Music at the Edinburgh Festival Fringe can be an enlightening affair with acts swinging very much from the sublime to the ridiculous; but I’m thankful to say that ‘Happy Hour with InChorus’, which I had the pleasure of seeing on Thursday 27th August at a Greenside venue, sat very much in the former of these two camps. It was a truly sublime evening of musical magic.

And magic is the key word here, as we were seated in the Emerald Theatre – which brought to life memories of the Emerald City in the Wizard of Oz, and I found myself wondering whether we’d be skipping along the Yellow Brick Road or lamenting a horrible, horrible world!

The choir – 80 strong – stood with bowed heads before us as we entered the room, an interesting touch which pulled us into the sheer scale of the sound we were about to hear. Musical Director, Aly Skidmore, later pointed out that such a large number meant that there was one chorister for each of the sold-out audience to take home. I never found out if anyone took her up on the offer!

The opening was ‘Adiemus’ by Welsh composer, Karl Jenkins, a brilliant start to the wonderful music that lay ahead of us. As the volume rose, so too did the harmonies, echoing out across the room like beautiful melodic birds. Throughout all performances, the choir made good use of the acoustics of the room and ensured that all members of the audience, which sat on 3 sides of the four-sided theatre, at one point or another were faced head on with the stunning voices of some very talented singers.

After the exceptional opener, we were taken on a journey into that well known Happy Hour intoxication we all know well – ‘love’. Queen’s ‘Crazy Little Thing Called Love’, Pink’s ‘Just Give me a Reason’ and ‘Happy Together’ by the Turtles made us all feel warm and bubbly inside, and the choreography worked well.

Of course, one can’t get through a Fringe show without the dreaded audience participation, but this time, it was an amusing affair with audience members creating rain and the choir stamping out thunder as they broke into ‘Set Fire to the Rain in Africa’ – an inspired Toto and Adele mash up, accompanied by dancing from the Fiona Henderson School of Dance, and the jungle beats of a bodhran played by Ewan Baird. The music was uplifting, filling the room with rich, whole harmonies, leaving us breathless – which many more of the songs in the evening also managed to do.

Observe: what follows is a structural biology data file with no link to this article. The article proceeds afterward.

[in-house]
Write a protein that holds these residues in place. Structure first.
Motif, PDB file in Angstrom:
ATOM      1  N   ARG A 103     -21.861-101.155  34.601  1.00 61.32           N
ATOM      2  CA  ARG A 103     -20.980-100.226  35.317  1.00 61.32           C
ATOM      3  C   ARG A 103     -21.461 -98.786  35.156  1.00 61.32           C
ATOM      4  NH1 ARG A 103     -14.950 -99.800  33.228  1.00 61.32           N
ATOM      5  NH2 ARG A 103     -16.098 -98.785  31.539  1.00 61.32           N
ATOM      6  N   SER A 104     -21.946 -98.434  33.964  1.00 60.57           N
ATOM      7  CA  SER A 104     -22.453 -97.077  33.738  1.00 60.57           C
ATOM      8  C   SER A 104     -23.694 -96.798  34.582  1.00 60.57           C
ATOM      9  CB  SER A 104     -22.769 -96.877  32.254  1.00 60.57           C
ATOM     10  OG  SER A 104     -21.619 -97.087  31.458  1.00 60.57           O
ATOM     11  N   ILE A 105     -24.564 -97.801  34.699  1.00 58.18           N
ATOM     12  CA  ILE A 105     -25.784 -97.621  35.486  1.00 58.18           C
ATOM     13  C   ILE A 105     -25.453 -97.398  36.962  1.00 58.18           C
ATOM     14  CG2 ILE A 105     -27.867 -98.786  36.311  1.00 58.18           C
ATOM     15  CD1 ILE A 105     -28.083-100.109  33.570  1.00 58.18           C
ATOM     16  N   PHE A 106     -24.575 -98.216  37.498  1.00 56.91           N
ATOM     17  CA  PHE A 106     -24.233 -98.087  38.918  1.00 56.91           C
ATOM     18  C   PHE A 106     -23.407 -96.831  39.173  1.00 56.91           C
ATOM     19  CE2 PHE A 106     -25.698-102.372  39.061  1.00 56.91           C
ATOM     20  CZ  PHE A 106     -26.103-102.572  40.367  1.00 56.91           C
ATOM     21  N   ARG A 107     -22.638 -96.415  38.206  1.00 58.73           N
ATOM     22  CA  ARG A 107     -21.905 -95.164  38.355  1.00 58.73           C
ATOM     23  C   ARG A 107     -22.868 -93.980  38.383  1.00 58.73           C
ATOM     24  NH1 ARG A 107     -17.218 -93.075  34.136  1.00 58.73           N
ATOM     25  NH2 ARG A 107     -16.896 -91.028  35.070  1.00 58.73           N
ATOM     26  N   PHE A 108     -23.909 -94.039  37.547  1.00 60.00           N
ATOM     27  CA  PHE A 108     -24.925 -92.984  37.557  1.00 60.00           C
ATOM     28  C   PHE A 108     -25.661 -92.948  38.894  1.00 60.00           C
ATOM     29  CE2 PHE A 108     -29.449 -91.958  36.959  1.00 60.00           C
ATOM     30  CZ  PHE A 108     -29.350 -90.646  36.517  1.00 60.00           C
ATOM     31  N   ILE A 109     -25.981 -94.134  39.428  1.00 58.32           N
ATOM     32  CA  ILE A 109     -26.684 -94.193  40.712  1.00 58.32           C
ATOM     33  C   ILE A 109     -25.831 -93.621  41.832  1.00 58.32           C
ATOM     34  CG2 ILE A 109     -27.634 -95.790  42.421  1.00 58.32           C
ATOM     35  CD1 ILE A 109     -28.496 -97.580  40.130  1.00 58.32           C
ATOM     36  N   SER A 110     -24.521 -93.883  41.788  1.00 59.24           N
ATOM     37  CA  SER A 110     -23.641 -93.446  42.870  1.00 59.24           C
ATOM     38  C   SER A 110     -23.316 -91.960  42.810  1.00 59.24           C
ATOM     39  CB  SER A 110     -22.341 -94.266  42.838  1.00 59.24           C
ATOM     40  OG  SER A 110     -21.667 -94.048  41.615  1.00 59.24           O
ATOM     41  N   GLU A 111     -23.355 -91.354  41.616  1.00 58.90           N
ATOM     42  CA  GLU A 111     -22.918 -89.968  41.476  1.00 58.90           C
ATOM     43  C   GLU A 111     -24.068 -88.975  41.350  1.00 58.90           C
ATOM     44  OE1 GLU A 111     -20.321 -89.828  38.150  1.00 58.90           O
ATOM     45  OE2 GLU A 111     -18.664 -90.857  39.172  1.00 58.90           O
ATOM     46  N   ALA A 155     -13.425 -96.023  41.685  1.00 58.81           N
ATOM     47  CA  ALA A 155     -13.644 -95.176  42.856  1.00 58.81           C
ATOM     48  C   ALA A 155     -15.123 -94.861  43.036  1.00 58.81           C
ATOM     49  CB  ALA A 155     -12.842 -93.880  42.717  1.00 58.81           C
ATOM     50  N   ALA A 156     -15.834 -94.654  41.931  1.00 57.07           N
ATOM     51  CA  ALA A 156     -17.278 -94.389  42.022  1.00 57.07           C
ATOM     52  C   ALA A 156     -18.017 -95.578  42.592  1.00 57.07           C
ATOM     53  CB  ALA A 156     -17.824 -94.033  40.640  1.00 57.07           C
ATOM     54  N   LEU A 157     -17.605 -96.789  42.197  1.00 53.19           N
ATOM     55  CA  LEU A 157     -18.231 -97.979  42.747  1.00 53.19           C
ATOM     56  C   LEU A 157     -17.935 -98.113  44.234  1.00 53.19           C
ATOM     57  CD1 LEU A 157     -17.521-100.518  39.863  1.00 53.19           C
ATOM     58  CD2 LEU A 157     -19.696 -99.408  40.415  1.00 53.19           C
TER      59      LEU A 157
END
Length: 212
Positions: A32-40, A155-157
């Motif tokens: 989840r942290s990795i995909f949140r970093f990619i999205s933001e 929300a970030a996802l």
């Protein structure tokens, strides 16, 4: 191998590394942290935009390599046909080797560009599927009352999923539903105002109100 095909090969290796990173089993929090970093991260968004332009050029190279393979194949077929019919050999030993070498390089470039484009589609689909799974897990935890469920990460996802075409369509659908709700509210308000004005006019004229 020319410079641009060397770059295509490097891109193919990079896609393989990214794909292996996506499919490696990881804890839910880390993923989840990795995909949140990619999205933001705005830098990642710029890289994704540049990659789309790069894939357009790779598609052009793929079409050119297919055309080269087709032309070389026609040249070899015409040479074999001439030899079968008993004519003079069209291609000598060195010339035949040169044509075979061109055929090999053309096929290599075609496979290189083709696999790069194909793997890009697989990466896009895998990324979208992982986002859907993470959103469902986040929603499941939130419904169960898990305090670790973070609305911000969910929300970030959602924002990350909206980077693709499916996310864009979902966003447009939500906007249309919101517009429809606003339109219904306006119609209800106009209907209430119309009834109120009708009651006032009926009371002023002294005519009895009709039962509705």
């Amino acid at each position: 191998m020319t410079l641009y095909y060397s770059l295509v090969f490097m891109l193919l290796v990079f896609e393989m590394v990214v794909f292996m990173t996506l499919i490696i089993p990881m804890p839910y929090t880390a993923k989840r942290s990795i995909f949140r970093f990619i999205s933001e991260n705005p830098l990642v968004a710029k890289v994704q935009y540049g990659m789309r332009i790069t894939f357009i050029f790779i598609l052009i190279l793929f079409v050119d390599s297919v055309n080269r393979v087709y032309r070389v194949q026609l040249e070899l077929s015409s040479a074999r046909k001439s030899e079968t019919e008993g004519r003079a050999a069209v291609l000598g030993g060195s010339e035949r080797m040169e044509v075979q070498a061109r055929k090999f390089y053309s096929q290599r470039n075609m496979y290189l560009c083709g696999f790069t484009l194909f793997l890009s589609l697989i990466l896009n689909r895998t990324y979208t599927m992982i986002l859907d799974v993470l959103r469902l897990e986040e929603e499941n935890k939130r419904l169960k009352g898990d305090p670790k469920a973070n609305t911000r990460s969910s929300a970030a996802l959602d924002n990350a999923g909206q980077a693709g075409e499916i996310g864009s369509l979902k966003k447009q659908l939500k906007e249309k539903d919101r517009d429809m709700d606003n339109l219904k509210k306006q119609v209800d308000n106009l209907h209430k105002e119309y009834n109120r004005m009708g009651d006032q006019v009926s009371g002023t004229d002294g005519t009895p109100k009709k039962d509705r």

Interpretations of ‘I Will Follow Him’ from Sister Act, ‘Imagine’ by John Lennon, ‘Some Nights’ by Fun and ‘Run’ by Snow Patrol brought glistening eyes to many members of the audience. “Is this not supposed to be a happy hour?” I thought. However, happiness comes in all forms, and, musically, one can be reduced to tears by the sheer emotion of the piece and beauty of the performance as was the case here.

But few could stop the smiles from appearing on what were, in my opinion, the stand-out songs of the evening – ‘Wanna Be’ – the Jungle Book mash up, and Scottish Medley – a mash-up of 22 Scottish tunes. From monkey tenors wanting to be like ‘you-hoo-hoo’ to sopranos and altos looking out for Donald’s ‘troosers’, the fun choreography did not take away from the brilliance of the musical direction and instruction.

We left uplifted, warm inside and wanting more. Is that not what ‘Happy Hour’ is all about? I look forward to my next cocktail from InChorus.